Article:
Class 5 forklifts are similar to class 4 forklifts. Like class 4 forklifts, class 5 forklifts feature internal combustion engines, seated controls, and cabs. Unlike class 4 forklifts, they (usually) also feature pneumatic tires and counterbalancing.

Class 6 forklifts are tractors that feature either internal combustion engines or electric engines.

Class 7 forklifts include those forklifts that can work in rough terrains (rough terrain forklifts), like construction areas.

Equipment Components

Forklift trucks generally feature wheels, a fork or lift platform, a lift mechanism, operator controls, and an engine.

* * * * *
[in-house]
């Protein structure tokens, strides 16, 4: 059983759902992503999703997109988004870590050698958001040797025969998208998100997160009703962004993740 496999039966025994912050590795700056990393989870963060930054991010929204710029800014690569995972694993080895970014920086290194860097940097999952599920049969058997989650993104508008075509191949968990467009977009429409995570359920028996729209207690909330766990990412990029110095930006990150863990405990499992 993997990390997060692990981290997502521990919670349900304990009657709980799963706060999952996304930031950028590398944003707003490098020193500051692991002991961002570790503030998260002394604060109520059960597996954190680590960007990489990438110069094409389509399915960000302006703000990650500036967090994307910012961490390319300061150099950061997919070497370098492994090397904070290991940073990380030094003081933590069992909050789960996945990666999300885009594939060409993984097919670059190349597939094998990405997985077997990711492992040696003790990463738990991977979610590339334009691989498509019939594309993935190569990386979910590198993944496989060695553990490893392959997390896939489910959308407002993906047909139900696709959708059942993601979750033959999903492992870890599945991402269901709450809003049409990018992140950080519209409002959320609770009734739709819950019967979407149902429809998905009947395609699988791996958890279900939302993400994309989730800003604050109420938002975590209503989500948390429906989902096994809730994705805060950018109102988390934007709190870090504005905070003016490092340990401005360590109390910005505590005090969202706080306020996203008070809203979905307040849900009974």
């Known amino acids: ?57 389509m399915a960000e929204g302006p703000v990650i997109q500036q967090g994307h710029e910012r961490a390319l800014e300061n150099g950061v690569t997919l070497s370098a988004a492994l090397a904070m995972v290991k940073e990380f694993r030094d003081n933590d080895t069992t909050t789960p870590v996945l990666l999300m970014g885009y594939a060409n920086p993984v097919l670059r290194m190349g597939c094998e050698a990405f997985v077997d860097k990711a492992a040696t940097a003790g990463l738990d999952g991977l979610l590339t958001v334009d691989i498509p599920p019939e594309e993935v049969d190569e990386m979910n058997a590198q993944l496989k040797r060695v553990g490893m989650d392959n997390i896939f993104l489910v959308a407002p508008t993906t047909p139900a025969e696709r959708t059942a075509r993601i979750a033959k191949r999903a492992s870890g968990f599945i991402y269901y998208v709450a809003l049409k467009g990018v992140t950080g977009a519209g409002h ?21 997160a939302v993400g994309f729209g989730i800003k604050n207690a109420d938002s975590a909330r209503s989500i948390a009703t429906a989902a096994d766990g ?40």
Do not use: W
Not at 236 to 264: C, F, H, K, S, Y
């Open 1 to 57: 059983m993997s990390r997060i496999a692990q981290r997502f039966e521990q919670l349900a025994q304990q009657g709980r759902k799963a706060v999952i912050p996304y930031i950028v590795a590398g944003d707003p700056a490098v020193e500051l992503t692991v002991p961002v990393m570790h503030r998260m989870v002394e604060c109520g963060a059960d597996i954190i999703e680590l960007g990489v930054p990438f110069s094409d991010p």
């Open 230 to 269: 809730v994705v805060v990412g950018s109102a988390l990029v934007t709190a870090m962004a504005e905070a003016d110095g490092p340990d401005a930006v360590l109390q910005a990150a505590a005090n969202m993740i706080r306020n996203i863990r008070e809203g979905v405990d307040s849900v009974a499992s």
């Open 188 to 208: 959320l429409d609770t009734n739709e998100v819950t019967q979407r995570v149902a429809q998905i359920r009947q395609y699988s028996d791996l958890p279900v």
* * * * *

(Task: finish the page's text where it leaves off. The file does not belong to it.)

Wheels of a forklift truck can be fitted with outriggers for stabilization. They vary from solid rubber to pneumatic.

Forks or platforms are the space on which operators carry and transport material loads. They can be adjusted to different widths depending on their use. Most pallets have a standard size to accommodate the forks of a lift.

Lift mechanisms, which are literal fork lifts, designed for forklifts are usually powered with hydraulic hoses.

Controls may be next to a driver’s seat, or they may be in an area designed for the operator to stand and control the unit. Either way, controls allow the operator to raise and lower the load once it has been moved to the desired space. Also, the driver is always behind the forks so they can visualize the pallet they are lifting.

Forklift engines are either an internal combustion engine (gas powered) or an electric motor.

To increase maneuverability, many forklifts have tilting or rotating frames and wheels.